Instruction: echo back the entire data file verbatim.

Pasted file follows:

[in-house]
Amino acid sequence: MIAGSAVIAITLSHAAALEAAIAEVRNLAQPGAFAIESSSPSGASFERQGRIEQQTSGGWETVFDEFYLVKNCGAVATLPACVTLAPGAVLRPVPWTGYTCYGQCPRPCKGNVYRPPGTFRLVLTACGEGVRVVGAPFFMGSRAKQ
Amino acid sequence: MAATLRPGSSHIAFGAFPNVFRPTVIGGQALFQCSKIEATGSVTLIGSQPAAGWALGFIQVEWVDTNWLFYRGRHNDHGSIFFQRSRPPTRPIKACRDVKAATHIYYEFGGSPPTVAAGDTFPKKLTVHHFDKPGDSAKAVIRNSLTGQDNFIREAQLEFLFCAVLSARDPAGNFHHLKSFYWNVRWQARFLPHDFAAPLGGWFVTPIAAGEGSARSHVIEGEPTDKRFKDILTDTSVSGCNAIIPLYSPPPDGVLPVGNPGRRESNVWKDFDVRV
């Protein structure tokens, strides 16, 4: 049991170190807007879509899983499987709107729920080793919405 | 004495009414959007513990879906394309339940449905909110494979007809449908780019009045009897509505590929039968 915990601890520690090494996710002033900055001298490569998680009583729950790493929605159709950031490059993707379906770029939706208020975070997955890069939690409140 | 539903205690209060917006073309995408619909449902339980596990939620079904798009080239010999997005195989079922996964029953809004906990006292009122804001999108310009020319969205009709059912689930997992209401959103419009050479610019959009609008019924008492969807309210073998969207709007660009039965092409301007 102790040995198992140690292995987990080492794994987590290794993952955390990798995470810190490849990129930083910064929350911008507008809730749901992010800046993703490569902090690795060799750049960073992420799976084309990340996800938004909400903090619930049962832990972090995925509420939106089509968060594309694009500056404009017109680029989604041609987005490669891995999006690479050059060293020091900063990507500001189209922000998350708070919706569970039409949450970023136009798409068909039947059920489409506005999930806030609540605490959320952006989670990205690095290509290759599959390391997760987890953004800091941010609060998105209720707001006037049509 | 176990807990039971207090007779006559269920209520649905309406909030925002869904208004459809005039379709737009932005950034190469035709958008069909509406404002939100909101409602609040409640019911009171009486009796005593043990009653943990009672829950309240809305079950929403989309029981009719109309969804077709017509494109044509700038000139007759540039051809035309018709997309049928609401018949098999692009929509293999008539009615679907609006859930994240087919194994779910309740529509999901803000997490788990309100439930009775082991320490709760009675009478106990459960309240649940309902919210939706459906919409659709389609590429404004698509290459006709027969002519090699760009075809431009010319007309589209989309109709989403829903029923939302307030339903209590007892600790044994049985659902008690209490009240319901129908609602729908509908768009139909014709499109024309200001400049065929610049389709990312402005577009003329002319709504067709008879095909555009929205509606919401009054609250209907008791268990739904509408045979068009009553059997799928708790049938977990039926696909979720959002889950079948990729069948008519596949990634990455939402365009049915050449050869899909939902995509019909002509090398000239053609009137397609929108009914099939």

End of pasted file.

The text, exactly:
[in-house]
Amino acid sequence: MIAGSAVIAITLSHAAALEAAIAEVRNLAQPGAFAIESSSPSGASFERQGRIEQQTSGGWETVFDEFYLVKNCGAVATLPACVTLAPGAVLRPVPWTGYTCYGQCPRPCKGNVYRPPGTFRLVLTACGEGVRVVGAPFFMGSRAKQ
Amino acid sequence: MAATLRPGSSHIAFGAFPNVFRPTVIGGQALFQCSKIEATGSVTLIGSQPAAGWALGFIQVEWVDTNWLFYRGRHNDHGSIFFQRSRPPTRPIKACRDVKAATHIYYEFGGSPPTVAAGDTFPKKLTVHHFDKPGDSAKAVIRNSLTGQDNFIREAQLEFLFCAVLSARDPAGNFHHLKSFYWNVRWQARFLPHDFAAPLGGWFVTPIAAGEGSARSHVIEGEPTDKRFKDILTDTSVSGCNAIIPLYSPPPDGVLPVGNPGRRESNVWKDFDVRV
């Protein structure tokens, strides 16, 4: 049991170190807007879509899983499987709107729920080793919405 | 004495009414959007513990879906394309339940449905909110494979007809449908780019009045009897509505590929039968 915990601890520690090494996710002033900055001298490569998680009583729950790493929605159709950031490059993707379906770029939706208020975070997955890069939690409140 | 539903205690209060917006073309995408619909449902339980596990939620079904798009080239010999997005195989079922996964029953809004906990006292009122804001999108310009020319969205009709059912689930997992209401959103419009050479610019959009609008019924008492969807309210073998969207709007660009039965092409301007 102790040995198992140690292995987990080492794994987590290794993952955390990798995470810190490849990129930083910064929350911008507008809730749901992010800046993703490569902090690795060799750049960073992420799976084309990340996800938004909400903090619930049962832990972090995925509420939106089509968060594309694009500056404009017109680029989604041609987005490669891995999006690479050059060293020091900063990507500001189209922000998350708070919706569970039409949450970023136009798409068909039947059920489409506005999930806030609540605490959320952006989670990205690095290509290759599959390391997760987890953004800091941010609060998105209720707001006037049509 | 176990807990039971207090007779006559269920209520649905309406909030925002869904208004459809005039379709737009932005950034190469035709958008069909509406404002939100909101409602609040409640019911009171009486009796005593043990009653943990009672829950309240809305079950929403989309029981009719109309969804077709017509494109044509700038000139007759540039051809035309018709997309049928609401018949098999692009929509293999008539009615679907609006859930994240087919194994779910309740529509999901803000997490788990309100439930009775082991320490709760009675009478106990459960309240649940309902919210939706459906919409659709389609590429404004698509290459006709027969002519090699760009075809431009010319007309589209989309109709989403829903029923939302307030339903209590007892600790044994049985659902008690209490009240319901129908609602729908509908768009139909014709499109024309200001400049065929610049389709990312402005577009003329002319709504067709008879095909555009929205509606919401009054609250209907008791268990739904509408045979068009009553059997799928708790049938977990039926696909979720959002889950079948990729069948008519596949990634990455939402365009049915050449050869899909939902995509019909002509090398000239053609009137397609929108009914099939």